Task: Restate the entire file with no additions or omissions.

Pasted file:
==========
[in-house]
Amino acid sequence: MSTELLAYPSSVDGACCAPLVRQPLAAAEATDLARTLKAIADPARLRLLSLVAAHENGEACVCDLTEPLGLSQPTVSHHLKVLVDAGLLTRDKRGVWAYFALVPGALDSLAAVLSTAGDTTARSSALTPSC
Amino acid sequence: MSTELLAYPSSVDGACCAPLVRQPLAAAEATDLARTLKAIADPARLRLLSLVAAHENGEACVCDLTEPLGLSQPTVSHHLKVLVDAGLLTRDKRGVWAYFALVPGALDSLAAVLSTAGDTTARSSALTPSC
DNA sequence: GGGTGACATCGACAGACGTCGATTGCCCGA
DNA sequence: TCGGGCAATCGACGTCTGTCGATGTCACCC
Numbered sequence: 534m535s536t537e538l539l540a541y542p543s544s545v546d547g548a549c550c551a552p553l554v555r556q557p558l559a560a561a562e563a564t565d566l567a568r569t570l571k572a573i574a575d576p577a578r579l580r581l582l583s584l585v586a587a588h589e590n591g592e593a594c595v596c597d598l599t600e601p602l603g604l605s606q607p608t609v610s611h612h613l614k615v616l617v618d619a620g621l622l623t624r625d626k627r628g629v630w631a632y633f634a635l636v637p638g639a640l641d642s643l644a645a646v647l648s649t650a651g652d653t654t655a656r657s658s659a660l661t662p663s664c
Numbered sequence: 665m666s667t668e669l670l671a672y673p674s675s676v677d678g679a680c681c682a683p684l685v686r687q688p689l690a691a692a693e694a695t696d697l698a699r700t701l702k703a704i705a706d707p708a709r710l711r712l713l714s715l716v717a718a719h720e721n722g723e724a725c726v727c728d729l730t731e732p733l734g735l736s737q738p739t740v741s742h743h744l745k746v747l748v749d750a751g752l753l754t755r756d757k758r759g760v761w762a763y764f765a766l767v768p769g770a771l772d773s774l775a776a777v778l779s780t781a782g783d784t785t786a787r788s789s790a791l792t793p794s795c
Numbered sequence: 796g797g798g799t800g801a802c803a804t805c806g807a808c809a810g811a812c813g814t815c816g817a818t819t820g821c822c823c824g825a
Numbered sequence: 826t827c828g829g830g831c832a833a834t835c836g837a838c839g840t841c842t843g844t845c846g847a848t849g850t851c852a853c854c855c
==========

[in-house]
Amino acid sequence: MSTELLAYPSSVDGACCAPLVRQPLAAAEATDLARTLKAIADPARLRLLSLVAAHENGEACVCDLTEPLGLSQPTVSHHLKVLVDAGLLTRDKRGVWAYFALVPGALDSLAAVLSTAGDTTARSSALTPSC
Amino acid sequence: MSTELLAYPSSVDGACCAPLVRQPLAAAEATDLARTLKAIADPARLRLLSLVAAHENGEACVCDLTEPLGLSQPTVSHHLKVLVDAGLLTRDKRGVWAYFALVPGALDSLAAVLSTAGDTTARSSALTPSC
DNA sequence: GGGTGACATCGACAGACGTCGATTGCCCGA
DNA sequence: TCGGGCAATCGACGTCTGTCGATGTCACCC
Numbered sequence: 534m535s536t537e538l539l540a541y542p543s544s545v546d547g548a549c550c551a552p553l554v555r556q557p558l559a560a561a562e563a564t565d566l567a568r569t570l571k572a573i574a575d576p577a578r579l580r581l582l583s584l585v586a587a588h589e590n591g592e593a594c595v596c597d598l599t600e601p602l603g604l605s606q607p608t609v610s611h612h613l614k615v616l617v618d619a620g621l622l623t624r625d626k627r628g629v630w631a632y633f634a635l636v637p638g639a640l641d642s643l644a645a646v647l648s649t650a651g652d653t654t655a656r657s658s659a660l661t662p663s664c
Numbered sequence: 665m666s667t668e669l670l671a672y673p674s675s676v677d678g679a680c681c682a683p684l685v686r687q688p689l690a691a692a693e694a695t696d697l698a699r700t701l702k703a704i705a706d707p708a709r710l711r712l713l714s715l716v717a718a719h720e721n722g723e724a725c726v727c728d729l730t731e732p733l734g735l736s737q738p739t740v741s742h743h744l745k746v747l748v749d750a751g752l753l754t755r756d757k758r759g760v761w762a763y764f765a766l767v768p769g770a771l772d773s774l775a776a777v778l779s780t781a782g783d784t785t786a787r788s789s790a791l792t793p794s795c
Numbered sequence: 796g797g798g799t800g801a802c803a804t805c806g807a808c809a810g811a812c813g814t815c816g817a818t819t820g821c822c823c824g825a
Numbered sequence: 826t827c828g829g830g831c832a833a834t835c836g837a838c839g840t841c842t843g844t845c846g847a848t849g850t851c852a853c854c855c